A huge battle is brewing between the state of California and the rest of America over who gets to decree national fuel economy standards. (Which have morphed into something other than just fuel economy standards.)
It’d be nice if car buyers got to decide, via their purchasing decisions – but that’s off the table.
On the upside, President Trump walked back the had-been-pending federal fatwa that would have required all new cars to average 50-plus MPG by 2025 – citing compliance costs and even (heresy!) questioning whether the government has any business fatwa’ing fuel efficiency requirements in the first place.
California responded with foot-stomping threats to issue its own counter-fatwa, which would impose the 50-plus MPG mandatory minimum on all new cars sold within its boundaries.
Amazon.com Gift Card i... Buy New $10.00 (as of 08:25 EST - Details) If it does so, it would have the effect of making California the boss of the rest of us – because the car industry can no longer afford to build one set of cars for California and another for the rest of the country.
Thus, what a handful of bureaucrats in the CA apparat decree threatens to become binding on the whole country.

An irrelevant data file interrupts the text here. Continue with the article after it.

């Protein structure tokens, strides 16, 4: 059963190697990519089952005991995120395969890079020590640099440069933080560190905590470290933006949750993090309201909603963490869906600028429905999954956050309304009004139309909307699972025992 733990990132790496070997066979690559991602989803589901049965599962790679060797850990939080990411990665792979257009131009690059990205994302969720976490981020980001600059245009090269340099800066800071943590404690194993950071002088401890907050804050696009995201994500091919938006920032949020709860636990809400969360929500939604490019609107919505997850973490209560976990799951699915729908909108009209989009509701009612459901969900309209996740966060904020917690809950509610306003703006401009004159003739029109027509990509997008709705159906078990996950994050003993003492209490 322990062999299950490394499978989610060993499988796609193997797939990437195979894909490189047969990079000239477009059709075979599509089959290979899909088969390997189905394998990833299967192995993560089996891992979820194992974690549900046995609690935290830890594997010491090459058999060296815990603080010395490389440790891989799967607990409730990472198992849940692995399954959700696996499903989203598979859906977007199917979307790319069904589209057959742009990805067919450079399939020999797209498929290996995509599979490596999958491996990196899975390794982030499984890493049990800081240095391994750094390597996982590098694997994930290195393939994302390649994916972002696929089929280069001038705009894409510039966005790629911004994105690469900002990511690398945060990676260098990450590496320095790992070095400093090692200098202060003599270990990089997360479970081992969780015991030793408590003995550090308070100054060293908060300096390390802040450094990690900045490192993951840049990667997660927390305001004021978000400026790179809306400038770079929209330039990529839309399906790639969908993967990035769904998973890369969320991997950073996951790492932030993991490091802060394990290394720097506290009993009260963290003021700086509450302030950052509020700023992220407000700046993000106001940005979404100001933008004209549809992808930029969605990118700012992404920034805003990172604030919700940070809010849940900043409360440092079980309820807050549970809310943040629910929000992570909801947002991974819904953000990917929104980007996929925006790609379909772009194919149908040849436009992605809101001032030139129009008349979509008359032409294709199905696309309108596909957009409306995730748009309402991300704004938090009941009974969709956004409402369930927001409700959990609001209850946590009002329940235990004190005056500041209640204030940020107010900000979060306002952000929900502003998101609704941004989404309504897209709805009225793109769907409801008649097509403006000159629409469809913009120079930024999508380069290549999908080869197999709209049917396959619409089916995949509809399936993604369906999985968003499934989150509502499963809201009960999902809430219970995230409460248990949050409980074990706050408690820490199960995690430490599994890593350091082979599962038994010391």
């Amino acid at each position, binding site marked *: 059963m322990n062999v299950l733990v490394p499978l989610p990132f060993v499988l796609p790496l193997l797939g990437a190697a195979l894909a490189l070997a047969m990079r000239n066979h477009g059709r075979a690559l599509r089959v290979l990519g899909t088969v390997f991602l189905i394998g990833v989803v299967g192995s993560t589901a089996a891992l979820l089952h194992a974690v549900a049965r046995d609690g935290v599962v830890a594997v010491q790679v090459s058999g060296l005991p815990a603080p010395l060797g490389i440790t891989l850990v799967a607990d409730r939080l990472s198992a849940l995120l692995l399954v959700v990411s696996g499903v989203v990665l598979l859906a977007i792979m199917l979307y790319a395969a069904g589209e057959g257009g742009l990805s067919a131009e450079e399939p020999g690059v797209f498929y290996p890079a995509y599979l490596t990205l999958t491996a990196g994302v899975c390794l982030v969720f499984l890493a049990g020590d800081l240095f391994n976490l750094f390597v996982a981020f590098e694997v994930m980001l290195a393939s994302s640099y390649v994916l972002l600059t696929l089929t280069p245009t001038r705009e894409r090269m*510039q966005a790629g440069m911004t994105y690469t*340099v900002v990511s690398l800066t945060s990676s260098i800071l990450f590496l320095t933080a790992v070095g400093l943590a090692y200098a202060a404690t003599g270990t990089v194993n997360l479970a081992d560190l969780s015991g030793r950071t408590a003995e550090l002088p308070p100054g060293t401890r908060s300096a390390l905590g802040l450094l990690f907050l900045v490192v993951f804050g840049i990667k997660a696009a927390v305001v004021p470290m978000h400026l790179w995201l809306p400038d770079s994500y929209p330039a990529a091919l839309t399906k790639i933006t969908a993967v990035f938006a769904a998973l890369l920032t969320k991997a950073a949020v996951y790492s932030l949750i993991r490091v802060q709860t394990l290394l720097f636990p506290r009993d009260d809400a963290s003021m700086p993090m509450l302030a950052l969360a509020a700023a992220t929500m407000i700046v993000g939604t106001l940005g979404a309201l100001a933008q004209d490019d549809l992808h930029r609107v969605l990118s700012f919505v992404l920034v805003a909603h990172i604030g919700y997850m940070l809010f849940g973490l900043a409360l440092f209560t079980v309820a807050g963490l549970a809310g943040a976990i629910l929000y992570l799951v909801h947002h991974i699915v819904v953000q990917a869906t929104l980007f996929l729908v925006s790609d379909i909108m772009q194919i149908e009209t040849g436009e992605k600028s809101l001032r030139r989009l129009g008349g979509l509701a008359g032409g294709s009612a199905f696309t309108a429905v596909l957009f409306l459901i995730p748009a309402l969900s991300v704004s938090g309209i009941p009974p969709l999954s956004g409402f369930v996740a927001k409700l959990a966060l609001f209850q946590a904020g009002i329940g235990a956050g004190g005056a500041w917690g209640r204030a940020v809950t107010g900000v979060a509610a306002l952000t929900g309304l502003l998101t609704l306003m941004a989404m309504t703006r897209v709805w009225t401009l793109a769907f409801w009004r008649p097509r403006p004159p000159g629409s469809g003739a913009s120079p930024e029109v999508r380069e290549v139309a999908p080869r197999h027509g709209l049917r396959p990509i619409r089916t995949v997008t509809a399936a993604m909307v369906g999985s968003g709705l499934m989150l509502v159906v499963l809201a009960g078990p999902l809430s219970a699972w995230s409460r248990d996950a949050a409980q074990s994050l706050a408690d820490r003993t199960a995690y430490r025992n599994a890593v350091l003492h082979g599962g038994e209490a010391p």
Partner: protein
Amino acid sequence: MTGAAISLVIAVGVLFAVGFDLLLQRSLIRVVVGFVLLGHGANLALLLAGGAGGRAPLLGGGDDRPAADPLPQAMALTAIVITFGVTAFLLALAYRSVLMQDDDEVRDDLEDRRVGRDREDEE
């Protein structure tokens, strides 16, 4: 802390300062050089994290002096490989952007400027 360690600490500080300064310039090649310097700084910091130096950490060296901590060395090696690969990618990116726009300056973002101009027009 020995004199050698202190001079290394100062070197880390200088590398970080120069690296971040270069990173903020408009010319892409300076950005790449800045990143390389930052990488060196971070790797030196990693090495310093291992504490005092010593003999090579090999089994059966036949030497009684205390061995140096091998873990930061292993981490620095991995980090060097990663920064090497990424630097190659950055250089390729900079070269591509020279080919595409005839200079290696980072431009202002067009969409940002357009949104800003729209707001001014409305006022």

California has had its own – much stricter – emissions standards since the ’70s, when a bureaucracy called the California Air Resources Board (CARB) came into being.
Initially, the car industry responded to this by building “California” and “49 state” cars. The “California cars” were built for California specifically and had even more emissions control rigmarole than “49 state” cars – and sometimes, less performance – or less of other things.
For example, in the late 1970s and early ’80s, Chevy was only able to sell Corvettes with the smaller 5.0 liter engine automatic transmissions in CA.
Buyers in the rest of the country could still get a Corvette with the larger 5.7 liter V8 and a manual transmission.
The problem is obvious.
Building two versions of the same car gets into money. The car companies could theoretically tell CA (and CARB) to bugger off and just stop selling cars in CA. But CA is a huge market – and over the past several years, other states have leashed themselves to CA’s stricter-than-federal fatwas.